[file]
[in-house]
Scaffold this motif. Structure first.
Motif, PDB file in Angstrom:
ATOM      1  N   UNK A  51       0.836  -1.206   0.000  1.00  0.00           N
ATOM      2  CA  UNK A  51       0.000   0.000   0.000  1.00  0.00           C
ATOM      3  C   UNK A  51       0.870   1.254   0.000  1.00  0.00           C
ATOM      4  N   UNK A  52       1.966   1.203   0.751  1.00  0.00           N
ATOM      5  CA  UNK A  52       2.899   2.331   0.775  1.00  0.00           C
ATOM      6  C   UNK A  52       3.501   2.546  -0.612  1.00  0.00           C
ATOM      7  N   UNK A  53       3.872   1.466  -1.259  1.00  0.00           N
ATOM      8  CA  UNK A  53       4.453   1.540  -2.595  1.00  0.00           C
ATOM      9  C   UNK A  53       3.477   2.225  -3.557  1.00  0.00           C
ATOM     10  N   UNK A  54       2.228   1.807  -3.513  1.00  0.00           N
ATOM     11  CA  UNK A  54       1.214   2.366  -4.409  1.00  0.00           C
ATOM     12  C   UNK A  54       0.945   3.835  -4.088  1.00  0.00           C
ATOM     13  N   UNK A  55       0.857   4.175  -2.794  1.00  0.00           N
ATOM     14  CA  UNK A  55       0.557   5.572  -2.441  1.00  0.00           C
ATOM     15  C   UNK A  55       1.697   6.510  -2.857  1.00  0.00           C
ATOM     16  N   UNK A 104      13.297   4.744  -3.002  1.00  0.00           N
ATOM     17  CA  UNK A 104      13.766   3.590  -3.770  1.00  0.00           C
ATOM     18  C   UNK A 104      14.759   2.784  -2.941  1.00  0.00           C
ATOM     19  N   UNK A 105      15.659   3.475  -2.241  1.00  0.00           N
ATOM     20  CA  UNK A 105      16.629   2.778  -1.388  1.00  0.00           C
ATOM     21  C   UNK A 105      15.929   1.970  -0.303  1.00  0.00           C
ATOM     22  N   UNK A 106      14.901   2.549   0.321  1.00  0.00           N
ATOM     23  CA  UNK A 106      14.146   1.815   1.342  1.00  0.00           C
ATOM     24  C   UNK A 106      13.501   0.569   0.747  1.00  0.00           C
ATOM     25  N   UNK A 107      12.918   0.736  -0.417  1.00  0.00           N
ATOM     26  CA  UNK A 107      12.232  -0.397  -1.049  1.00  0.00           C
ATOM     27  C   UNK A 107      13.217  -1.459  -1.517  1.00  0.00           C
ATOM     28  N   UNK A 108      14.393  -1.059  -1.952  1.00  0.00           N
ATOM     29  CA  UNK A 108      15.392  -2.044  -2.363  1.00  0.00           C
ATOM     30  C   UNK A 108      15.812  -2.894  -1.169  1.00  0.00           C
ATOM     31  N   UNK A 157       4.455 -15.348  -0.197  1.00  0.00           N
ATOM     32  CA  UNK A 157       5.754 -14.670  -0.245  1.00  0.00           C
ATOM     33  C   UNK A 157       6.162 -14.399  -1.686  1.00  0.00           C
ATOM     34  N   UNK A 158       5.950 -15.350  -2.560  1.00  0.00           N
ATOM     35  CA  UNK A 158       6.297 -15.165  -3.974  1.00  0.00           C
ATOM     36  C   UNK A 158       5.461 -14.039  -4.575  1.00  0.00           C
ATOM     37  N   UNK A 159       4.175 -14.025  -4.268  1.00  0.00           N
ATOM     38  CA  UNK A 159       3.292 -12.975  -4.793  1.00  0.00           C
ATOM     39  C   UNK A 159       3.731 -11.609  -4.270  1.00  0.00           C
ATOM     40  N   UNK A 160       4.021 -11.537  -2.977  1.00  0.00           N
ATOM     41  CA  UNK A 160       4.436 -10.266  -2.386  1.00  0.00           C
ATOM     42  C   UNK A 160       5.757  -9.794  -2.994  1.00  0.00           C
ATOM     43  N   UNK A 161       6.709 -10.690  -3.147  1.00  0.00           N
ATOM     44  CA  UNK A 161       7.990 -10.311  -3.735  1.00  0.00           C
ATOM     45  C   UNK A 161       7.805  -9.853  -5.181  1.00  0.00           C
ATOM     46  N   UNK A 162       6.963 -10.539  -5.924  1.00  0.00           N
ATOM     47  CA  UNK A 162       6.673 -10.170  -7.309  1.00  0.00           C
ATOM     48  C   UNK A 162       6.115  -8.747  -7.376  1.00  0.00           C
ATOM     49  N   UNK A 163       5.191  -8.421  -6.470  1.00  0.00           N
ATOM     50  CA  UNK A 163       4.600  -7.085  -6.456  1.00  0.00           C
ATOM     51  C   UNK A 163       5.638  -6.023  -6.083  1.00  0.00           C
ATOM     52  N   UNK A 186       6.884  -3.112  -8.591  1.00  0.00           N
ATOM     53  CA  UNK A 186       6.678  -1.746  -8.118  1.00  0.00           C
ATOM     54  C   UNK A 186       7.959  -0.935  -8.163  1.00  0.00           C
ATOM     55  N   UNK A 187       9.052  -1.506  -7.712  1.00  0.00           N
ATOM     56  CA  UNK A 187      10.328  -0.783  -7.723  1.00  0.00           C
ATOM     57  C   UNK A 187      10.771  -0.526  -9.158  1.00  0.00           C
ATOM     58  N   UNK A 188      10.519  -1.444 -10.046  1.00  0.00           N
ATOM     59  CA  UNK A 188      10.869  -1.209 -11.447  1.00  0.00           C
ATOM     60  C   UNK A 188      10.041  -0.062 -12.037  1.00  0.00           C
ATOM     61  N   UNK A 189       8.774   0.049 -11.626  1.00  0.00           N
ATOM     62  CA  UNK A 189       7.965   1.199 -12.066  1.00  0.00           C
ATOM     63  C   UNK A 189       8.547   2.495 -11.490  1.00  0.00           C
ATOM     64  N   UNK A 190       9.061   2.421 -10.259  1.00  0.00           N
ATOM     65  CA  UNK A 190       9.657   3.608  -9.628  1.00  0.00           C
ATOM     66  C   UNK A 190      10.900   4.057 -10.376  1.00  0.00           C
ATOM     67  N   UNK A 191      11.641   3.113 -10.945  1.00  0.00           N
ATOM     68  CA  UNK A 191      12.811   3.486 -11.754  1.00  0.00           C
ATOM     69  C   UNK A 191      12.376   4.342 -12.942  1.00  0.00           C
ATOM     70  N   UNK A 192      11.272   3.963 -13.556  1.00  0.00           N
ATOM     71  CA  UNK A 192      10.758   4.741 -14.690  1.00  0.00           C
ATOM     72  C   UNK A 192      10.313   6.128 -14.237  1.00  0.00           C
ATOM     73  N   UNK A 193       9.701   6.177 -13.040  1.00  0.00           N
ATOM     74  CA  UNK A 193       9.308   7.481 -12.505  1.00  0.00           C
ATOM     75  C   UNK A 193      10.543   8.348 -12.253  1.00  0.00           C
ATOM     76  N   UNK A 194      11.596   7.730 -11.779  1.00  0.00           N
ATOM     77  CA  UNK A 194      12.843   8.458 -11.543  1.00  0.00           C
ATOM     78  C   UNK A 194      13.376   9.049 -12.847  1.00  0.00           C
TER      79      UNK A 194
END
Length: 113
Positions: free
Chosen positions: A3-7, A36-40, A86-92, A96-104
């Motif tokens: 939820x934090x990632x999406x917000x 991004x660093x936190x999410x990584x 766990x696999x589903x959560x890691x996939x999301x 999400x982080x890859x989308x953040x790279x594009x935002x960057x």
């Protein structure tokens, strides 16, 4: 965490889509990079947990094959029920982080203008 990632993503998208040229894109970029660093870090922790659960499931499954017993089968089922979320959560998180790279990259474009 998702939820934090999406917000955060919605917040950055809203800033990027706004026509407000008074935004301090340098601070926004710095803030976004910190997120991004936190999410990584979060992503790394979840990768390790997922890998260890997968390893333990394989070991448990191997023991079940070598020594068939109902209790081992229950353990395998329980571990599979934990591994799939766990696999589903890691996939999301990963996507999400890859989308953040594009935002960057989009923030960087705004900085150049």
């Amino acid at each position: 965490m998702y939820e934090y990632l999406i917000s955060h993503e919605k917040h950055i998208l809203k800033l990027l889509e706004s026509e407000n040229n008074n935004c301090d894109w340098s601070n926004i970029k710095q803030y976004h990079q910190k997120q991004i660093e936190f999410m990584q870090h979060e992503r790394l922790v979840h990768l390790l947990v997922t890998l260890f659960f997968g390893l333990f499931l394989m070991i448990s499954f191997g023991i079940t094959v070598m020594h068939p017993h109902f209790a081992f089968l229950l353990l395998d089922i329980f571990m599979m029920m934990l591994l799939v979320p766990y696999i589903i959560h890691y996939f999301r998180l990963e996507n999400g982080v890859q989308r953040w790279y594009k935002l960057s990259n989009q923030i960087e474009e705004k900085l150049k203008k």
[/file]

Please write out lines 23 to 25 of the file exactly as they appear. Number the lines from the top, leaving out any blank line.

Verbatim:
ATOM     20  CA  UNK A 105      16.629   2.778  -1.388  1.00  0.00           C
ATOM     21  C   UNK A 105      15.929   1.970  -0.303  1.00  0.00           C
ATOM     22  N   UNK A 106      14.901   2.549   0.321  1.00  0.00           N